Microsoft announced a data breach had affected one of its customer databases. According to a blog post entitled Access Misconfiguration for Customer Support, Microsoft had a breach between 5th December 2019 and 31st December 2019.
Microsoft didn’t give much details of how big the database was. The blog said, “our investigation has determined that a change made to the database’s network security group on December 5, 2019 contained misconfigured security rules that enabled exposure of the data. Upon notification of the issue, engineers remediated the configuration on December 31, 2019 to restrict the database and prevent unauthorized access. This issue was specific to an internal database used for support case analytics and does not represent an exposure of our commercial cloud services.”
The blogpost also highlighted that from their investigation that the vast majority of records were cleared of personal information in accordance with our standard practices. In some scenarios, the data may have remained unredacted if it met specific conditions.
Interestingly, Comparitech security research team uncovered five Elasticsearch servers, each of which contained an apparently identical set of nearly 250 million records, containing logs of conversations between Microsoft support agents and customers from all over the world, spanning a 14-year period from 2005 to December 2019. Microsoft was notified immediately upon discovering the exposed data and took swift action to secure it.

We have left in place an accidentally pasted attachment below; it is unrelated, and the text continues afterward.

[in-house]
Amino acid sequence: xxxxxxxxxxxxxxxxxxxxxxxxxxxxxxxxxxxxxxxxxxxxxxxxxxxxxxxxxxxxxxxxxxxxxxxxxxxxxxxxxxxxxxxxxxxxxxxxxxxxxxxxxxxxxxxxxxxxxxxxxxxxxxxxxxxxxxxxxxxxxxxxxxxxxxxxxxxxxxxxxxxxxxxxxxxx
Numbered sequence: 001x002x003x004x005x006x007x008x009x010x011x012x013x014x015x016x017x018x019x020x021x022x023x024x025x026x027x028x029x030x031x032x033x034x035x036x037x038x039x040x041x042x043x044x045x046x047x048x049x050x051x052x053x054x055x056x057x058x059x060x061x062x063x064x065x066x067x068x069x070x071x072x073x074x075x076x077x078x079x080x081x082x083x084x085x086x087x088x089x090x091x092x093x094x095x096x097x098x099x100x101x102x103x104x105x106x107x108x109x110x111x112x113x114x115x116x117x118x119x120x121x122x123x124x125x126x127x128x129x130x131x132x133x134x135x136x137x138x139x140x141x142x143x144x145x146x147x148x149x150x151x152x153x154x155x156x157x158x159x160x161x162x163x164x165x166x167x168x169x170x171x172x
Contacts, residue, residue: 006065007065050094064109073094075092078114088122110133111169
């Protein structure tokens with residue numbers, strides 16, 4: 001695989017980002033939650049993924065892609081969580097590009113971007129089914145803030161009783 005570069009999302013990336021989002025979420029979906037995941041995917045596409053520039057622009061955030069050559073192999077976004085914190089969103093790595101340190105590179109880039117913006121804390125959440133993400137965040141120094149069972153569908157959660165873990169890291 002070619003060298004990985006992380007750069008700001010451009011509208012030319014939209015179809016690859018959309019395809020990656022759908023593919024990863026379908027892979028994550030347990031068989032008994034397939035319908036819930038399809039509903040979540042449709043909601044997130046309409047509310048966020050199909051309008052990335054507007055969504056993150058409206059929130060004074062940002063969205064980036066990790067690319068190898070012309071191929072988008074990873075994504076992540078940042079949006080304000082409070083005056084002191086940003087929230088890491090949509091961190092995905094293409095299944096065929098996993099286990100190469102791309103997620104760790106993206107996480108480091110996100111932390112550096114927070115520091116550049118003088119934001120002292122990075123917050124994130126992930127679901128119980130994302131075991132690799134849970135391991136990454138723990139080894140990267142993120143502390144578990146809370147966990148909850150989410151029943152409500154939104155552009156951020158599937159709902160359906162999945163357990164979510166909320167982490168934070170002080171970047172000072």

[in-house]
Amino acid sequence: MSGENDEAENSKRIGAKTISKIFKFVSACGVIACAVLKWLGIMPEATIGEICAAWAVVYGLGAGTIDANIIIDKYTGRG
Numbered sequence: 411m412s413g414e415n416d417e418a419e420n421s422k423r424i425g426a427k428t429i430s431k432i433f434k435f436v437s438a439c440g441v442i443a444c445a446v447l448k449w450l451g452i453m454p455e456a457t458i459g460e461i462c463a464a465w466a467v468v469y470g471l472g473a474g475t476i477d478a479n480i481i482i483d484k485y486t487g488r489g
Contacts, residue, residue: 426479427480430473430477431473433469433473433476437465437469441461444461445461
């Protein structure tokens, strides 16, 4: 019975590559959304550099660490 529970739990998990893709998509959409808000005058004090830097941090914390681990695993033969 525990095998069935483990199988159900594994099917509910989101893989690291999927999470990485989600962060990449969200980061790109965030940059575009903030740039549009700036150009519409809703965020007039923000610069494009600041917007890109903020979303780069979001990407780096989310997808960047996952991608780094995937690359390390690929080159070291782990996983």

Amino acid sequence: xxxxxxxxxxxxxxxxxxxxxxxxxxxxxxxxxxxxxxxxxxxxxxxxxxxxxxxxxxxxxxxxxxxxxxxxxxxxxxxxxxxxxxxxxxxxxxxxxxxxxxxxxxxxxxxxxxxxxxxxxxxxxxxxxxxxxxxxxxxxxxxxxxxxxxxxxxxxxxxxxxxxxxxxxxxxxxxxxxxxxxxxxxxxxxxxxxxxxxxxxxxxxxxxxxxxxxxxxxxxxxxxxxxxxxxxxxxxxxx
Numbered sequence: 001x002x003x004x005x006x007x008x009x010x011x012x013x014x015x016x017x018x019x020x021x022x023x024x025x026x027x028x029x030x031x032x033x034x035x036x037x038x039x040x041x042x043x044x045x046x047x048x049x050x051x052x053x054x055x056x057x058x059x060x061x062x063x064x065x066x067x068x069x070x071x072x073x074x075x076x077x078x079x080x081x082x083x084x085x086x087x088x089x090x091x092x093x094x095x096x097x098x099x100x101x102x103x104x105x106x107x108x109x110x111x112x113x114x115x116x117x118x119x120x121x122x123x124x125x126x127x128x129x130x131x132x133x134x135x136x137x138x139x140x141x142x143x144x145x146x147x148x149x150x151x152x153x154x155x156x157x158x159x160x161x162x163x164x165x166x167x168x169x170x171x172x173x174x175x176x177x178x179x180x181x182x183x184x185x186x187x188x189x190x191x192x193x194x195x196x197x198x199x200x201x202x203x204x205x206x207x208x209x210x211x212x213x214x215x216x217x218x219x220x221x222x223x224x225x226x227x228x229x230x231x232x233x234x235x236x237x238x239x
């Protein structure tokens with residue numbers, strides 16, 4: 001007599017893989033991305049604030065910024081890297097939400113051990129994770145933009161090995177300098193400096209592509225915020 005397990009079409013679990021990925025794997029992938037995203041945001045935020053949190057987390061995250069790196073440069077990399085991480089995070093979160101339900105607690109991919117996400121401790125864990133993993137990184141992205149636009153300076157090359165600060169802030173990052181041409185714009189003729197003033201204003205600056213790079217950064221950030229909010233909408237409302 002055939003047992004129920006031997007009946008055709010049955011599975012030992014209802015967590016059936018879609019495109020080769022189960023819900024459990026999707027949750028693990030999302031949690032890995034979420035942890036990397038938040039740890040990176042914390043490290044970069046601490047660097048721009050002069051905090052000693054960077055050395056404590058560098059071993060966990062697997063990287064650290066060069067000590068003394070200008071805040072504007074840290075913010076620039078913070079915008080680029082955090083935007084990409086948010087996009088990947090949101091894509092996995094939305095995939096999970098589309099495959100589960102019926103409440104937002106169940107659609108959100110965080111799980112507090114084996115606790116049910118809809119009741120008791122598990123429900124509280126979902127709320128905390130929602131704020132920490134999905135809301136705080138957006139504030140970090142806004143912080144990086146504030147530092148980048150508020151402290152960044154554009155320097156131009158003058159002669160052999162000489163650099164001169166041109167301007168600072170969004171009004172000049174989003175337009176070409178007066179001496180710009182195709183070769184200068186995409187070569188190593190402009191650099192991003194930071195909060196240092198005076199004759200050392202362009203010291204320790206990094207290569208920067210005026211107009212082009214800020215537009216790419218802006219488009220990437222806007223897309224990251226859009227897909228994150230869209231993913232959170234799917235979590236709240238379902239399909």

Paul Ducklin, Principal Research Scientist at Sophos reached out to us and gave his comments on the breach as well.
He said, “Hundreds of millions of records were exposed, but it sounds as though comparatively few people actually had recognizable email addresses in the leaked database. In other words, most people won’t actually receive warnings from Microsoft - but might well receive “warnings” from crooks claiming to be Microsoft.”
He added if users don’t hear from Microsoft, even if they did contact support during the 2015 to 2019 period, their data could either be not in the exposed database, or there wasn’t actually enough in leaked database to allow anyone, including Microsoft itself, to identify users.
“Remember: don’t click on links in security warnings, even if you think they’re real. That way you will avoid end up on phishing sites by mistake, and you won’t put in your password where you shouldn’t. Find your own way to any login pages you use, and never let yourself be frightened or cajoled into relying on contact data provided in an email,” commented Paul.